Is the Earth getting lighter?

By Archean ยท 12 replies
Jan 31, 2012
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  1. [​IMG]

    Interesting little news bit, it is net loss of 56,456 tonnes per year just in case.
  2. DjKraid

    DjKraid TS Guru Posts: 551   +26

    How the f is that possible? O_O
  3. LinkedKube

    LinkedKube TechSpot Project Baby Posts: 3,485   +45

    Nice, I'd like to close the gap in between my neighbors window and my own. In about 200,000 years that is...

    Sent from my DROIDX using Tapatalk
  4. mopar man

    mopar man TechSpot Ambassador Posts: 1,379

    It's those damn trees and oil we keep burning, obviously.... ;)
  5. Archean

    Archean TechSpot Paladin Topic Starter Posts: 5,690   +96

    A click on the picture can be helpful ........
  6. joys247

    joys247 TS Rookie Posts: 17

    Must Be

    Guess it must be the trees and oil. Certainly don't think it would be from an excess of underweight people.
  7. scarborough

    scarborough TS Rookie

    Well that can't be good.
  8. Doctor John

    Doctor John TS Enthusiast Posts: 204   +15


    I am having a little trouble with the piece about hydrogen being so light that it escapes - surely it still experiences (tiny) positive gravity?
  9. Archean

    Archean TechSpot Paladin Topic Starter Posts: 5,690   +96

    To make it easy, thermal escape mechanisms dictate that the more massive a molecule of a gas is, the harder it will be for it to gain 'escape velocity' and leave atmosphere. But it also means the lighter a gas molecule is (e.g. hydrogen) it will gain escape velocity and leave more easily when compared to something like carbon dioxide.

    Escape velocity will be different for a planet with higher mass from one which is much lighter. Add to this the position of a planet, the closer it is to a star the hotter its atmosphere will be, whereas the farther it is the cooler it will be. Hence, on cooler planet there will be less chance of gas molecules gaining escape velocity due to 'cooler temperatures'.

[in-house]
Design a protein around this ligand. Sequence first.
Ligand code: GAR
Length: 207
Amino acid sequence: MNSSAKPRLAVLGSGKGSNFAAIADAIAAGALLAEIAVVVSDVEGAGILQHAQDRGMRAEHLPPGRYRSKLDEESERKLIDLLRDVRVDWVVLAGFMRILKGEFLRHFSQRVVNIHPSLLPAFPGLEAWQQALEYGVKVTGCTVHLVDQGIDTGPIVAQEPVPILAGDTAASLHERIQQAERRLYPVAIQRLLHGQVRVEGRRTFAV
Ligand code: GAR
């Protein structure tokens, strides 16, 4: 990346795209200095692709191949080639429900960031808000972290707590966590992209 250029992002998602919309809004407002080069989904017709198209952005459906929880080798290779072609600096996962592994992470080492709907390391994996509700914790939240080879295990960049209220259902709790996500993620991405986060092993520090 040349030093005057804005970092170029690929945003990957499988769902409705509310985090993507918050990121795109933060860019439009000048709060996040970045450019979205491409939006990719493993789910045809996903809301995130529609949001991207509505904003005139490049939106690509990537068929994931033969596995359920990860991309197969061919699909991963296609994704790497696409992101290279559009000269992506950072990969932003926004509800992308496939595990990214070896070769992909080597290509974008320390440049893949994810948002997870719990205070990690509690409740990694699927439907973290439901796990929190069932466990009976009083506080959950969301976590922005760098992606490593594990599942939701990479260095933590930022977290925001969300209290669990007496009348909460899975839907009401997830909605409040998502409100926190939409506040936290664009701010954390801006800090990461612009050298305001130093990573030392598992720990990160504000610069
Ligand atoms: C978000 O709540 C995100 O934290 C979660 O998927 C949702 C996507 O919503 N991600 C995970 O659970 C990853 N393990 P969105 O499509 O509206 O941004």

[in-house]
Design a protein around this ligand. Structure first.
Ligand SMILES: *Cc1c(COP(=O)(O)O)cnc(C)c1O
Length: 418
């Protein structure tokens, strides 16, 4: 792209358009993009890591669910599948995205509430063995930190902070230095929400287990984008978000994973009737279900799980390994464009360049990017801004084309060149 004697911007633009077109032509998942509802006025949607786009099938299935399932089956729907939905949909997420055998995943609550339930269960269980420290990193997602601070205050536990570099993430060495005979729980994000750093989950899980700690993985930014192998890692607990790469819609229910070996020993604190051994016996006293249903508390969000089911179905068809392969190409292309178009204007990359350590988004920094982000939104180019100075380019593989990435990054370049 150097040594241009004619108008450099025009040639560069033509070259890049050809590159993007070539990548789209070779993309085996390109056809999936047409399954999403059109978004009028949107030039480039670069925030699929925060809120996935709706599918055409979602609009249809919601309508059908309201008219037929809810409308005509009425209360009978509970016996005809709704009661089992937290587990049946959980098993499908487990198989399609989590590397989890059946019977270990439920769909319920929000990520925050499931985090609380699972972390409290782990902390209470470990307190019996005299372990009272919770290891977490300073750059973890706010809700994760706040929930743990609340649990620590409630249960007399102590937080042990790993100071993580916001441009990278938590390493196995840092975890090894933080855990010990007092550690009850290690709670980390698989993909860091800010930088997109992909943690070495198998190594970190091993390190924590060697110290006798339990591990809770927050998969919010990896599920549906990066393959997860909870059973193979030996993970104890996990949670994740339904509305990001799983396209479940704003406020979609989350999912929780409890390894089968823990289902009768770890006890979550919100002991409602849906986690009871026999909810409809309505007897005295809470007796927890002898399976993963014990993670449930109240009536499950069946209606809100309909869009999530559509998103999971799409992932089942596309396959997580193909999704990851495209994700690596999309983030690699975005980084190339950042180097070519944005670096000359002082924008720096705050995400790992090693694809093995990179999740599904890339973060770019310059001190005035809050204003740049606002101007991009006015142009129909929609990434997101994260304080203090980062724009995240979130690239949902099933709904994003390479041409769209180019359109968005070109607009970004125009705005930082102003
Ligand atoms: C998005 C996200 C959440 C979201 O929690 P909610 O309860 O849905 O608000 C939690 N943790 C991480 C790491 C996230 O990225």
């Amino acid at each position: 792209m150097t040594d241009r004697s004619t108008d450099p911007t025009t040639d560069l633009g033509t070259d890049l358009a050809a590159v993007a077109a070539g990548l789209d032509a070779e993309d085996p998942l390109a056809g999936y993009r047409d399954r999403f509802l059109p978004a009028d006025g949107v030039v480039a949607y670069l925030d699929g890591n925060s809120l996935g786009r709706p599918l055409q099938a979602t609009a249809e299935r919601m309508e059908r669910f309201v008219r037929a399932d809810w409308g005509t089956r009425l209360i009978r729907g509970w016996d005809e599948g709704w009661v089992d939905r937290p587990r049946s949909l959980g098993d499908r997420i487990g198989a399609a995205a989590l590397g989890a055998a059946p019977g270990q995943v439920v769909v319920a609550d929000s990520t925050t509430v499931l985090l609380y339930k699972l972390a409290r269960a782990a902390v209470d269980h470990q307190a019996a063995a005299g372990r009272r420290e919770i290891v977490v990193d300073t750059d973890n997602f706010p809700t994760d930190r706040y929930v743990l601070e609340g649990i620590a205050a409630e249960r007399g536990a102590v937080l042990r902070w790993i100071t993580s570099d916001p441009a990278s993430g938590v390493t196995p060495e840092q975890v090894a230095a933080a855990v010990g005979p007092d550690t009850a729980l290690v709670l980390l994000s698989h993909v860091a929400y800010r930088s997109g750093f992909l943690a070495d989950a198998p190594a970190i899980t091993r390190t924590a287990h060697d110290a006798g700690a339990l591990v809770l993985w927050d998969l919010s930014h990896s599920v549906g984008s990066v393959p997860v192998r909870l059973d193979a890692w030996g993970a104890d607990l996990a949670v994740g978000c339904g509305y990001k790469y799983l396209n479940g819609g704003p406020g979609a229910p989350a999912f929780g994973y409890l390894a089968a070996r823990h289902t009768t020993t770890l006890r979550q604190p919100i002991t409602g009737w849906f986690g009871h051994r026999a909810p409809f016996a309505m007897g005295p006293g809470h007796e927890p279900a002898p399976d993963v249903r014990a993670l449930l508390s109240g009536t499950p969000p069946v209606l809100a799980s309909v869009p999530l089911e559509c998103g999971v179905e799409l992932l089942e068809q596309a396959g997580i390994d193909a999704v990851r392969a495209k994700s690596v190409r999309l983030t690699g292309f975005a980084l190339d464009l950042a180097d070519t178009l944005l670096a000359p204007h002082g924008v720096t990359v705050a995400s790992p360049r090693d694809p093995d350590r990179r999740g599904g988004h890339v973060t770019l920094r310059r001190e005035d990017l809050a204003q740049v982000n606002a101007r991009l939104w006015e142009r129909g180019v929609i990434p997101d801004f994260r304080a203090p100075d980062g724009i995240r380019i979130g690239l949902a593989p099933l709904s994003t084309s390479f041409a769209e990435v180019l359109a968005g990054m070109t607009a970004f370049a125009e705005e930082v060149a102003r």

10. Doctor John

    Doctor John TS Enthusiast Posts: 204   +15

    hydrogen attraction

    If hydrogen is inclined to escape into space, against gravity, how come stars (mainly hydrogen) condense from interstellar gas, under gravity?
  11. learninmypc

    learninmypc TS Evangelist Posts: 7,673   +413

    Thanks. The OP should of said such.
  12. Archean

    Archean TechSpot Paladin Topic Starter Posts: 5,690   +96

    Stars are born within the clouds of dust and scattered throughout most galaxies. A familiar example of such as a dust cloud is the Orion Nebula, revealed in vivid detail in the adjacent image, which combines images at visible and infrared wavelengths measured by NASA's Hubble Space Telescope and Spitzer Space Telescope. Turbulence deep within these clouds gives rise to knots with sufficient mass that the gas and dust can begin to collapse under its own gravitational attraction. As the cloud collapses, the material at the center begins to heat up. Known as a protostar, it is this hot core at the heart of the collapsing cloud that will one day become a star. Three-dimensional computer models of star formation predict that the spinning clouds of collapsing gas and dust may break up into two or three blobs; this would explain why the majority the stars in the Milky Way are paired or in groups of multiple stars.


    This is also good read, indirectly addressing the issue of star's loss of mass as it ages.
  13. Doctor John

    Doctor John TS Enthusiast Posts: 204   +15

    Yes, I agree, the collapse IS due to gravitational attraction, hence my wondering why hydrogen would escape into space (unless it had magically lost it's mass!)
    It shouldn't make any difference whether there are "knots of sufficient mass" or indeed a tenuous gas verging on vacuum, as found at the edge of the atmosphere, as gravity is a cumulative and long-range effect.
    Any massive particle (e.g. hydrogen or helium atom) within range of a large body (like the Earth) will be attracted, not repelled.

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